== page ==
Once the main site was done, that level of awareness was gone, so when they’d come out of the blue with a request, my automatic customer-service response was simply to answer the question as asked. Once I figured out they were frustrated with several rounds of that, I learned to listen past the question and instead of asking details, follow up with, “What’s the problem you’re having now that this would solve?”

Overcoming literalism

Unfortunately that’s not an insight that comes easily. Not only does it take experience, it takes a certain mindset. Junior people haven’t learned it yet, people from a sales background want to get an answer back quickly above all, and programmers are notoriously literal-minded and don’t often think about the meaning behind what is being said.

On the organization’s side, it’s also easy to get caught up in “feature fever,” especially as you start to understand the possibilities of web applications and how they can make your life easier. It’s incredibly tempting to envision a magic easy button that solves your problem. The only hangup is that while it looks like the flying magic unicorn pony simply drops elements on a page and they are easy to use and work perfectly, it actually takes a great deal of user experience and engineering skill to make a site function naturally and intuitively.

So the best defense against a good relationship going sour is a good offense: ask your web developer or agency to propose solutions to your problems. Explain to them the way you are doing things now, whether online or offline, let them know where the pain comes in, and ask them if there are any ways they can think of to simplify that. Often even the most inexperienced, literal developer will brighten up and say, “Oh! Yeah, we could just…” and suggest not only something that solves the problem, but solves with the least cost to implement, because good programmers are lazy.

Work with Developers

While not up to the level of this hoary fun fact, you can take the title of this piece in multiple ways. Here, I mean two of them.

Work with developers

There are a lot of people who are “consultants” or “strategists” who’ve never built a working website, beyond possibly a simple HTML site in the 90s or configuring a blog in the last decade. That doesn’t mean these people have nothing to contribute; if they’re smart, they’ve observed what’s worked and what hasn’t, have good insights, and can relate to your organization’s problems in a way that helps bridge the gap. However, it’s rare that they have as intuitive a sense of how a potential solution will look in software, what level of effort it will require, or what alternatives might solve the problem as well.

Nothing’s more frustrating than talking through a problem, imagining a solution, and then being told three days later that it isn’t within your budget or, worse, being told at the end of the process that it’s going to require several more development cycles to complete when you’re already out of budget. A strategist or consultant who has built lots of websites similar to the one you’re considering will have that sense and be able to steer you to solutions or at least identify that more research is needed.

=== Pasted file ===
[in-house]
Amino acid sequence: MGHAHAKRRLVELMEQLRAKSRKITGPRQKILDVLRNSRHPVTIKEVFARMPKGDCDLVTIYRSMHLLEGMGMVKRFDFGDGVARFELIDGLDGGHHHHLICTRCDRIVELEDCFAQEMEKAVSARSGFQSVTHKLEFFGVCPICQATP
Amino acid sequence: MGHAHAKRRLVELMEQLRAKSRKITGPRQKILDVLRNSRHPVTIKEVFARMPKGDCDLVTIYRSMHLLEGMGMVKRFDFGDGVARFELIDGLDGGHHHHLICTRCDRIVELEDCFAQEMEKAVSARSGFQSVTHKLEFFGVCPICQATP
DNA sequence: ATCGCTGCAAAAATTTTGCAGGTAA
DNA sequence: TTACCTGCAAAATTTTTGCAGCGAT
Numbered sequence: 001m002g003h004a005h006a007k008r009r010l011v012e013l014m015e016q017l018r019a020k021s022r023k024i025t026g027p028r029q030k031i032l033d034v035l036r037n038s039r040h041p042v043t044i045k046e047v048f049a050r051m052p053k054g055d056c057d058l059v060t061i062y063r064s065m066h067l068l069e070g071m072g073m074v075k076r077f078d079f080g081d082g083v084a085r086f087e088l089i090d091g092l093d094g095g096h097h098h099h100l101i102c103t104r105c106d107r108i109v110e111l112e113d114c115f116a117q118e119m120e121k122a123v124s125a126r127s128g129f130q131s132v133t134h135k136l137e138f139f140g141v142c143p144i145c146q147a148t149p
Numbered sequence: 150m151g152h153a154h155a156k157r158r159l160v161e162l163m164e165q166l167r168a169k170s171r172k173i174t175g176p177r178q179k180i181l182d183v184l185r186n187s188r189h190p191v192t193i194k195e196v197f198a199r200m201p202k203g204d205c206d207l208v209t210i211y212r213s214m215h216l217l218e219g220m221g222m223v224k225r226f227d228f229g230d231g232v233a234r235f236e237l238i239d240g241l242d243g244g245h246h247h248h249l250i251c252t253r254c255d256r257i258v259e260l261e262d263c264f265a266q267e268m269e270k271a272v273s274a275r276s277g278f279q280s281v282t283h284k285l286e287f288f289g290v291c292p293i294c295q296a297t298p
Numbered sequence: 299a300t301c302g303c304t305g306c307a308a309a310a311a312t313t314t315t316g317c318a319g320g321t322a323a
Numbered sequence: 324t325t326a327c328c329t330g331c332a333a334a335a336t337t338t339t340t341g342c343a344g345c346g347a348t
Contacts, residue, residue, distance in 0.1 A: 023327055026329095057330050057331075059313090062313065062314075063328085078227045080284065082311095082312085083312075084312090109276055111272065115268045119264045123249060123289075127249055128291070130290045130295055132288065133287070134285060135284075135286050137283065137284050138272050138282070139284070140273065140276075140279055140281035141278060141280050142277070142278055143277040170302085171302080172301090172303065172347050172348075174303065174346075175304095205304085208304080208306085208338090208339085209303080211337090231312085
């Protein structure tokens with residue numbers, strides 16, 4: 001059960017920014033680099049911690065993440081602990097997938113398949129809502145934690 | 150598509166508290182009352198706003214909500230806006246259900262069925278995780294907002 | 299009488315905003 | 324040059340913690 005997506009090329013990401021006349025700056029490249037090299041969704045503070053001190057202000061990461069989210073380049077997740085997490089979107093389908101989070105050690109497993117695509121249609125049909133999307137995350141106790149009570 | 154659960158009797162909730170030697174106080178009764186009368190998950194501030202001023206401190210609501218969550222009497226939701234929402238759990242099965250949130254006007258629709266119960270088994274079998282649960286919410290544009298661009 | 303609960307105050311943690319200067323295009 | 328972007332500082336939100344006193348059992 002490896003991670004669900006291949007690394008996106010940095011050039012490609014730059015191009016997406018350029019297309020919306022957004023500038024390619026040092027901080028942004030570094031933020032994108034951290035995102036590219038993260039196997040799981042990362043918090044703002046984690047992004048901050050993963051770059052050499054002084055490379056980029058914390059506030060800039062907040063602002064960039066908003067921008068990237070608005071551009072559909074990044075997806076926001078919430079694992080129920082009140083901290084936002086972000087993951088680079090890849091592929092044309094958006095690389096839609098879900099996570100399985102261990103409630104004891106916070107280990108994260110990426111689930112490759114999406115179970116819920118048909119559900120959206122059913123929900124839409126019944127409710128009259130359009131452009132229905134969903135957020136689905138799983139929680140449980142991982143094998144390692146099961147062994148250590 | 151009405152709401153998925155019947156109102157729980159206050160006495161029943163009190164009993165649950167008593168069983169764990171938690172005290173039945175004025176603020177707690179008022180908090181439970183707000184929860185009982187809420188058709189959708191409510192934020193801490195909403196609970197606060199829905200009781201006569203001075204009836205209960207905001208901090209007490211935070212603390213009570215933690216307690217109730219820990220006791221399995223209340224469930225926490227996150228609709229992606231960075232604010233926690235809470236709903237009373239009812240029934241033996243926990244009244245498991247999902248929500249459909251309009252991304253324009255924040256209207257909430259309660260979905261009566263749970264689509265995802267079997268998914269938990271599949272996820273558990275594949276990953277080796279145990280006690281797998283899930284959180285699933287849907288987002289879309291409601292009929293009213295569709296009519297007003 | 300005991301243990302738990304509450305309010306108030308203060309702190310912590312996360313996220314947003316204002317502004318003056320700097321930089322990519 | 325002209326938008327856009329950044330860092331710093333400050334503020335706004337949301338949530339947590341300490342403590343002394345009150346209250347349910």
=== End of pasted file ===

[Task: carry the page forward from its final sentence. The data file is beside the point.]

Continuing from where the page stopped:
None of this, of course, means that just any developer will do. You will want someone who is good at bridging that gap between engineers and people who need their services. If they don’t have experience or expertise in your sector, then be prepared to educate them on the wherefores and whys of what you do and the special challenges you face that other organizations don’t. This, by the way, is a good role for those non-technical strategists or consultants: if they have expertise or experience in your sector, they can help bridge that gap to a developer who doesn’t but is good at working with customers.

Fortunately, most successful web development firms are founded by and staffed with technical types who are filling other roles but who started out as engineers. Likewise most successful independent developers are successful because they’re good at working with people to identify solutions that fit within their budget. This may not be true for agencies who “also” do web development, so if it isn’t obvious, look for technical experience in the resume of anyone proposed as your strategist and ask them about that experience before hiring them.

Work with developers

Planning a site isn’t something that happens only before the site is built. In fact, some argue that writing software basically is writing a design document in detail. [PDF] Once you’re working with someone who has stayed up late sweating out lots of different web development problems, you have someone who can work with you to figure out a way to address your problem that fits your budget, rather than simply taking orders and coming back to you late and over budget.

Additionally, software projects are notorious for having requirements change or receiving feedback that changes your initial assumptions—which then changes the requirements. So when you’re working collaboratively with the developer instead of handing them a specification, you have someone who can help you think through alternatives when those inevitable changes occur.

It takes a team

None of this is to say that web developers are the only people who should be involved in building your site or application: rare is the developer who also understands strategy, design, and user experience equally well as they understand code. But the stereotype of the socially inept engineer who can’t talk with anyone has left technical people out of the planning, and planning a site never stops. So make sure they’re in the room, have a voice, and are working with you to balance your needs, your budget, and their technology.